Written by: Dalibor Dimovski, Managing Editor
In the lead-up to our review of the game, our Two Worlds II diary examines our immediate reactions to playing through each chapter of the latest release from SouthPeak, TopWare, and Reality Pump
When Two Worlds II was announced, I have to admit that I gave a blank stare or two. I had never played (or even remembered) the original game, and from what I’ve since read about it I am better off for not doing so. When we first had a chance to see Two Worlds II at PAX East in 2010, I felt that it looked interesting but there was a still a feeling in the back of my mind that this game couldn’t compete with the Dragon Ages and Final Fantasies.
Had the game landed in our laps in October or November for review, it would have been buried by the busy release schedule. But instead, Southpeak pushed the release back into January, at a time when the major holiday rush had ended and we were about to welcome the first onslaught of 2011’s blockbusters. There was enough room in January and February to squeeze it in And as such, I’m currently playing my way through it, finding that it is much (MUCH) bigger than I had initially planned. Our review would take a bit more time as we worked to really get into the RPG.
So, until the review is completed later this week, we’ve opted to try a diary of our gameplay based on the game’s chapter breakup to help you understand how we’ve been playing it and how we’ve felt along the way.
This is the first part of the gameplay diary, including the Introduction tutorial and Chapter 1.
Played on: Xbox 360
After a nice, flashy FMV sequence detailing an epic orc vs human war, the game begins with a character creation sequence. Head, hair, body type; it’s all there. But so are creation details that go into so much minutia that it quickly becomes tedious: Brow height. Brow angle. Eye angle. INNER eye angle. It’s great if you happen have an hour to fine-tune the look of your character. I don’t. I want to actually play the game, and this first part seems like a roadblock to do just that. After a few initial facial tweaks, I give up and accept the rest of the default characteristics. I can tell almost instantly that this game would be stat-heavy like no other RPG I’ve recently played.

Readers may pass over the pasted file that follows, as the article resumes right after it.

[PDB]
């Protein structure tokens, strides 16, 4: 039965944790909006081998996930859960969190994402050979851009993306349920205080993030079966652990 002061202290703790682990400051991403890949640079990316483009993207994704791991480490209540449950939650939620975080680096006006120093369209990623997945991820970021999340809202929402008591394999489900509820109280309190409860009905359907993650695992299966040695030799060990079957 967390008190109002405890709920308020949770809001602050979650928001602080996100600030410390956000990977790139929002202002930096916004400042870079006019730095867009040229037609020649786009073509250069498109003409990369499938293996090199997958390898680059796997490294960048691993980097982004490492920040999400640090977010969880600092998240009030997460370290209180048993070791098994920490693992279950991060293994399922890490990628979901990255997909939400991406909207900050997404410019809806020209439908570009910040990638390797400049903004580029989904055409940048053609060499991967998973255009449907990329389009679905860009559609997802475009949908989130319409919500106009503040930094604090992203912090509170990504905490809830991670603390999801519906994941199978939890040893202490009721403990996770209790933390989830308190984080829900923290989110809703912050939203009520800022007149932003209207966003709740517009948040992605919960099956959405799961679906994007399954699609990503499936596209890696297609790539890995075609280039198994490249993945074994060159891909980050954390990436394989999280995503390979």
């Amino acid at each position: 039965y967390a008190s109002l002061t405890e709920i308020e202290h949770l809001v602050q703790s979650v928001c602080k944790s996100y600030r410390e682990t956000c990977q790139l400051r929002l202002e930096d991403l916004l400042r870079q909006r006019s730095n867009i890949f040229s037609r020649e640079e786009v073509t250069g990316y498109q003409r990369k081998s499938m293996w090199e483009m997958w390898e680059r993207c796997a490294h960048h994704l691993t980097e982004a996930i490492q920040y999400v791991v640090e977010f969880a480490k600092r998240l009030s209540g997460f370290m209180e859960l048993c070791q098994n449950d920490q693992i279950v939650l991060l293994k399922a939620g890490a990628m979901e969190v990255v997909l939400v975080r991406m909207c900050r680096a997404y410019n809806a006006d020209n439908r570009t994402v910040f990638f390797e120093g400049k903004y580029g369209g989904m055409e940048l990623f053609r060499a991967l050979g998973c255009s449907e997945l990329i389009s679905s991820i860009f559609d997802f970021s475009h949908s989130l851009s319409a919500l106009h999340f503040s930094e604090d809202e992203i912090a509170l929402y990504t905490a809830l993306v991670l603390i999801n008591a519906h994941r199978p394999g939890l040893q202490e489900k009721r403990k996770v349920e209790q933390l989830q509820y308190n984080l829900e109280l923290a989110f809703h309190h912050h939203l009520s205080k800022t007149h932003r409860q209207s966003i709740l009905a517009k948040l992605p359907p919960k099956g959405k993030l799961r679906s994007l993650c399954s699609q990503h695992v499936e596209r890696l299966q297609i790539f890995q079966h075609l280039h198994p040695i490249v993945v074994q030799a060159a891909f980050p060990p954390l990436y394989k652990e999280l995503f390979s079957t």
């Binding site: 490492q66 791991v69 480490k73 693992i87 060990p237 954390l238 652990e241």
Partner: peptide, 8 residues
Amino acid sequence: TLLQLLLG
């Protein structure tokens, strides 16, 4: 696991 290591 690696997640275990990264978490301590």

The game opens with a traditional escape from a dungeon-like prison. It’s an RPG staple that wouldn’t be so bad if it wasn’t for the awkward camera angles and floaty, slippery running motion. It’s overly-sensitive, with every movement of the right trigger resulting in my poor ragged hero madly spinning about. The dungeon is meant to be a tutorial, setting up running, sword-fighting, and lock-picking as I make my escape. Its pace is slow enough that it feels tedious, light on action until the very end of the escape.
The next section has me taking on squads of enemies as I traverse a jungle, and this is where two things become very apparent to me: the action-based combat is finicky and difficult to control, and the styles of combat (Warrior, Archer, Mage) are deep and complex. Where some RPGs stop at conditioning strength and speed of archery, Two Worlds II mixes in draw, distance, multiple shots, light summoning (with arrows!) and more… all at once. It’s almost overwhelming. Scratch that; it IS overwhelming. Instead of a gradual tutorial on the abilities I am thrown right into all of it.
Again, the game is stat-heavy.
I’m teleported back and forth between cities and jungles in this first chapter, solving riddles and quests along the way not unlike an open world game. In fact, with so many diversions on my quest, I’ve forgotten what my next steps are. Rescuing my sister is the overarching goal, but I’m becoming easily distracted along the way. At first I felt like I was running in circles, but as I grinded away at each little sidequest I was advancing my character’s stats. The level-up indication is a blue glow enveloping the hero, but the action remains constant instead of breaking into the stat improvement screen. I realize that it’s meant to prevent the action from being interrupted mid-battle, but I often forget to check back afterwards, resulting in a massive stat dump every few level raises.
Most of the quests, both along the main goal and the sidequests, are fetch quests. “For me to help you, go talk to this wizard. To talk to the wizard, go find a magic scroll. To get the magic scroll, get the compass from the tower.” And so on. It’s not structured to tell a story, but rather to keep me checking the box along the main path.
I’m quickly realizing that story and character development, visuals and voice acting aren’t the main reasons that this game exists. Developer Reality Pump has created an incredible crafting and stat-based advancement system, and using that as the backbone for the game.
I decide to quickly complete the first chapter, abandoning the sidequests I was on for the sake of time… and sanity. Unfortunately, the boss battle at the end of this first part is excruciatingly ill-designed. One or two well-placed hits and I’ve been decimated. After an hour of trying several strategies, I finally find one that works: hit and run. It’s a cheap battle, and one that doesn’t make me too excited for the remainder of the game. I’ve been thrown into the open world ocean without so much as a life raft.
This game, sadly, may not be for me.
End of Chapter 1
Disclosure: This gameplay diary is based on a copy of the game for the Xbox 360 provided by the publisher.
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